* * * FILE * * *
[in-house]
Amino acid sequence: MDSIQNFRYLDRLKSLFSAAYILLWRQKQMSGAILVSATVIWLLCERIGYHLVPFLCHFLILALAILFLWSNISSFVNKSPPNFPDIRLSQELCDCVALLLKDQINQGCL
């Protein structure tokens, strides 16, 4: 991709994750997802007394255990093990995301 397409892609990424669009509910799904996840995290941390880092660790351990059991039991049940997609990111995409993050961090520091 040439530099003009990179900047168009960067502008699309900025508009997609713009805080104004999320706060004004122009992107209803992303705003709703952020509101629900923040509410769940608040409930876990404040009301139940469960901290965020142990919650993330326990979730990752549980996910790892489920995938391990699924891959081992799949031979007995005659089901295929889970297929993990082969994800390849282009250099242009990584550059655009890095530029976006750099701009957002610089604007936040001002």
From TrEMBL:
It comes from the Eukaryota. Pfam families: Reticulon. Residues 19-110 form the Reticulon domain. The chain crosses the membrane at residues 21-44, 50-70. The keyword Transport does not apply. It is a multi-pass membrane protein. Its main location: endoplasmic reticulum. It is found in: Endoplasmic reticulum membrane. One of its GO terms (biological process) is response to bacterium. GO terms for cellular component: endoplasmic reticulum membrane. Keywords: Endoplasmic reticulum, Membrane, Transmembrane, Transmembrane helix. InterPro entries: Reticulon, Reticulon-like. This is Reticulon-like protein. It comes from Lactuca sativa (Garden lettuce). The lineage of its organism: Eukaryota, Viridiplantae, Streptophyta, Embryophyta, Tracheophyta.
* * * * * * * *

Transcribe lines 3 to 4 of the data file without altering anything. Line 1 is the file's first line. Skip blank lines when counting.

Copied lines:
């Protein structure tokens, strides 16, 4: 991709994750997802007394255990093990995301 397409892609990424669009509910799904996840995290941390880092660790351990059991039991049940997609990111995409993050961090520091 040439530099003009990179900047168009960067502008699309900025508009997609713009805080104004999320706060004004122009992107209803992303705003709703952020509101629900923040509410769940608040409930876990404040009301139940469960901290965020142990919650993330326990979730990752549980996910790892489920995938391990699924891959081992799949031979007995005659089901295929889970297929993990082969994800390849282009250099242009990584550059655009890095530029976006750099701009957002610089604007936040001002």
From TrEMBL: